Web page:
The ongoing saga of Beverly Hills Cop 4

eddie murphy in beverly hills cop
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The story of the many attempts to make Beverly Hills Cop 4 – from discussions with Jerry Bruckheimer to the present-day plans at Netflix.

Belated sequels, remakes of sequels, sequels of remakes nothing is sacred, especially if you’re a Hollywood IP. But even in this saturated market, the fact that Beverly Hills Cop 4 hasn’t yet materialized really is remarkable. Indeed, it was only last year that Eddie Murphy finally brought the long in gestation sequel to another of his gargantuan eighties hits to the screen, in the form of Coming 2 America. Pandemic notwithstanding, the film did good business, commercially if not critically, and brought Murphy to the forefront of a filmic discourse he had been absent from for some time. 2019’s Dolemite Is My Name established Murphy as a critically acclaimed dramatic actor, but arguably his last truly great comic performance was his dual role as Kit and Jiff Ramsey in 1999’s wonderful Bowfinger.

In 1984, Murphy was on something of a winning streak. Riding high after the huge critical and commercial success of Trading Places, he was given his own starring vehicle – Beverly Hills Cop. The film was originally built around Mickey Rourke, but when this fell through, Sylvester Stallone rewrote it as a much more serious, hard edged action film. However, disagreements with Paramount forced Stallone to pull out, and he repurposed the concept for his 1986 film Cobra.

The film follows motormouth cop Axel Foley who, with the help of Judge Reinhold’s Detective Billy Rosewood and John Ashton’s Sergeant John Taggart, sets out to investigate the murder of his childhood friend.

Beverly Hills Cop remains Murphy’s highest grossing film (or, at least, the highest grossing film with him as the star), making over $300 million on a budget of just $13 million and earning its writers – Daniel Petrie Jr and Danilo Bach – an Oscar nomination for Best Screenplay. A sequel was rushed into production and Beverly Hills Cop 2 arrived just a year after the first, in 1987.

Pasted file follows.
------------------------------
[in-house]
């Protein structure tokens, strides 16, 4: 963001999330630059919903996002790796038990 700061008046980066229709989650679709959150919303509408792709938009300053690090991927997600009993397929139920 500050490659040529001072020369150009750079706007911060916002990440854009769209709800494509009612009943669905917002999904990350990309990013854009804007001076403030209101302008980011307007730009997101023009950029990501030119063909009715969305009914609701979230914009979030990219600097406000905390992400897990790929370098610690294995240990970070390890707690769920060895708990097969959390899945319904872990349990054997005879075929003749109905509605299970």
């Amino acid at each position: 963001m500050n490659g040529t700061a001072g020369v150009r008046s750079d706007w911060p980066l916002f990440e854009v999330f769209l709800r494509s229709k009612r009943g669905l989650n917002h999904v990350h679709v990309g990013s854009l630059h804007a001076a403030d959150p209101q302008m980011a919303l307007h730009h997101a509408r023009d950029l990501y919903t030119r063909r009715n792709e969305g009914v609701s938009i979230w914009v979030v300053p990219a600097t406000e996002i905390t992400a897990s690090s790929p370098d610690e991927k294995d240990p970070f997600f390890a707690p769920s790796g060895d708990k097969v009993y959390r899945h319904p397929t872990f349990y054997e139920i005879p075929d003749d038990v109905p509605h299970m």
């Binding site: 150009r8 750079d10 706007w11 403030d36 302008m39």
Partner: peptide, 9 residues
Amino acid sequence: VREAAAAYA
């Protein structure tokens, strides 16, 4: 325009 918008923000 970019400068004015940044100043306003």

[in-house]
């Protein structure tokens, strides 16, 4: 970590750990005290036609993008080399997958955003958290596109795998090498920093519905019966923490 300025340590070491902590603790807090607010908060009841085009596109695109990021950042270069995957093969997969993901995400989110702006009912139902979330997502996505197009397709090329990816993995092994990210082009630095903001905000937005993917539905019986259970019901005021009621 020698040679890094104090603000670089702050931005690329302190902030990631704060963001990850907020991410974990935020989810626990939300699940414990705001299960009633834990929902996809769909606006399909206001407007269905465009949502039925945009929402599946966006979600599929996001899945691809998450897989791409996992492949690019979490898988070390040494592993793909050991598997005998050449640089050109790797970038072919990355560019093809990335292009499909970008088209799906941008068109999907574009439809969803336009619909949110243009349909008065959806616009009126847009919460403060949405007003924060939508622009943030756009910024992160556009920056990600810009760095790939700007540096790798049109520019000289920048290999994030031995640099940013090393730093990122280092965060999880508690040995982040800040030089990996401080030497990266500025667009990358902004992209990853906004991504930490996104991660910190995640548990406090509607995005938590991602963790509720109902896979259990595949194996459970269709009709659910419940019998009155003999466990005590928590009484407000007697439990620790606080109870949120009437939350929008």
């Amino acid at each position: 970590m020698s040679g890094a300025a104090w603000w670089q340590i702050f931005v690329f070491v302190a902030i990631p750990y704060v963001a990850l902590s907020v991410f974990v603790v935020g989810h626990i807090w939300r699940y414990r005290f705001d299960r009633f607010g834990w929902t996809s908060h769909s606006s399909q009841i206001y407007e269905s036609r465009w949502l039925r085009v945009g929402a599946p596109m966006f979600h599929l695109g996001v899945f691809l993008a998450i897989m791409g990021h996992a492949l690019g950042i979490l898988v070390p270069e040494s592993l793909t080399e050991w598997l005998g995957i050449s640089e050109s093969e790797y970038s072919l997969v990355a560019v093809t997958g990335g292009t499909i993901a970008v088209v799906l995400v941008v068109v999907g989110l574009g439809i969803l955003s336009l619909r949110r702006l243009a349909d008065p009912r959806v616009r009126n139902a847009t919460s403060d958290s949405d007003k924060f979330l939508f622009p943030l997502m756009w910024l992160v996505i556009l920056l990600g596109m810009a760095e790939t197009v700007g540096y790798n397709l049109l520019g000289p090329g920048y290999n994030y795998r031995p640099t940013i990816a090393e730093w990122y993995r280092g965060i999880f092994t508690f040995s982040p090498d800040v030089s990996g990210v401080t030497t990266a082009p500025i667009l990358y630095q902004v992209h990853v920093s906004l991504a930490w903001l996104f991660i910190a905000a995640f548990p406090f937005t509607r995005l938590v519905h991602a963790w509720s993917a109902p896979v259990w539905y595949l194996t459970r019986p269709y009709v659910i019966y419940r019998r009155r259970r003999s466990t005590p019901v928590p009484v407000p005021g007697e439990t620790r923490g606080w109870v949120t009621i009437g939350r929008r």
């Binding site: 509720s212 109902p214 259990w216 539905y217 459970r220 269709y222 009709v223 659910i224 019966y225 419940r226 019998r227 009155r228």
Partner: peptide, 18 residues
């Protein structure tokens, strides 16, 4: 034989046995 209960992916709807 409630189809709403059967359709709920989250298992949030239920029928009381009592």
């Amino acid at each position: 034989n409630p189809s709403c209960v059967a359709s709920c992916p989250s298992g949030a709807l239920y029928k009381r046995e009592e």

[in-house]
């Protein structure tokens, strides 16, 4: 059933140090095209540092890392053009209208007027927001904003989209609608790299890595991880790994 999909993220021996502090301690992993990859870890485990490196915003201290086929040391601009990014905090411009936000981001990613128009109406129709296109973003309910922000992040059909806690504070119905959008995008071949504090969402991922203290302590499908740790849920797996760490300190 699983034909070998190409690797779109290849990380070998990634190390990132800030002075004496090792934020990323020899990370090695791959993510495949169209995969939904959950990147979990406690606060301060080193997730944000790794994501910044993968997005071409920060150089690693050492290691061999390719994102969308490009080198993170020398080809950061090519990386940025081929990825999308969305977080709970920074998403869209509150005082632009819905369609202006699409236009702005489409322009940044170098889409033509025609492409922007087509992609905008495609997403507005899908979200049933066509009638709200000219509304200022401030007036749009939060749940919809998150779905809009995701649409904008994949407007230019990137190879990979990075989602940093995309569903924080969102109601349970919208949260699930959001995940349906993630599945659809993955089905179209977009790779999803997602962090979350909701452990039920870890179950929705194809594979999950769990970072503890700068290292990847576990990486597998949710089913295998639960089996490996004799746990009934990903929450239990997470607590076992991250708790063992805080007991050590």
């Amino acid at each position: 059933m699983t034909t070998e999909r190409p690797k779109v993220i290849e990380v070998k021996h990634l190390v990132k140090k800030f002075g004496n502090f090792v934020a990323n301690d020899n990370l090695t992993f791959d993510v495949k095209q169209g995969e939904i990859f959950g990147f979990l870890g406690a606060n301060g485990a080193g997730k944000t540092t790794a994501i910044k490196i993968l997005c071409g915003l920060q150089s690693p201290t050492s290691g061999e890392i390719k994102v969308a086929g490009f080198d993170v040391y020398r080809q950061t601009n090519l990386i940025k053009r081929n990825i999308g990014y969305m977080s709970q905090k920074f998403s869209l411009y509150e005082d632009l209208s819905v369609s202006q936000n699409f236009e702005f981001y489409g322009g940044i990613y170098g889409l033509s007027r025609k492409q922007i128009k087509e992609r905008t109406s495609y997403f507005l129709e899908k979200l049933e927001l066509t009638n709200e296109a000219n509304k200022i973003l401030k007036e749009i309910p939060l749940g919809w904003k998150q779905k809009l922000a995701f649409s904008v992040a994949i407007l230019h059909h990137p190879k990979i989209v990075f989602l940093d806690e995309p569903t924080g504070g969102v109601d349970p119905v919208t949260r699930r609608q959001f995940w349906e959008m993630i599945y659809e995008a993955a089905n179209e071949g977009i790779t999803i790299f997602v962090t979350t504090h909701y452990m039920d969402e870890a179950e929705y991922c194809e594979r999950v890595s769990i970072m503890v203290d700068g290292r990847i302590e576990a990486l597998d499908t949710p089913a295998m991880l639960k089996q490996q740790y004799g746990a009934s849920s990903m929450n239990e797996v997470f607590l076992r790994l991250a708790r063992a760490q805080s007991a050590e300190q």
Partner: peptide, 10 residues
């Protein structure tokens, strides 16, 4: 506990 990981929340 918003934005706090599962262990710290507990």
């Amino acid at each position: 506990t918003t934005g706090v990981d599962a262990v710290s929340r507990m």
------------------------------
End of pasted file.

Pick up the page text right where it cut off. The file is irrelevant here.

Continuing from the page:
It took a little longer for the third film to reach cinemas. Asked about the third instalment in a 1989 Rolling Stone interview, Murphy somewhat unceremoniously observed that “The only reason to do a Cop III is to beat the bank, and Paramount ain’t gonna write me no check as big as I want to do something like that. In fact, if I do a Cop III, you can safely say, ‘Ooh, he must have got a lot of money!”.

By this point, Murphy could pick and choose his roles and, to his credit, the late eighties and early nineties house an eclectic range of projects, from his unfairly overlooked directorial debut Harlem Nights, for which he also wrote the script, to Jonathan Lynn’s The Distinguished Gentlemen. However, by 1994, Murphy’s star was no longer in the ascent and so he returned to his most bankable franchise, reuniting with Trading Places director John Landis.

Beverly Hills Cop 2

Beverly Hills Cop 2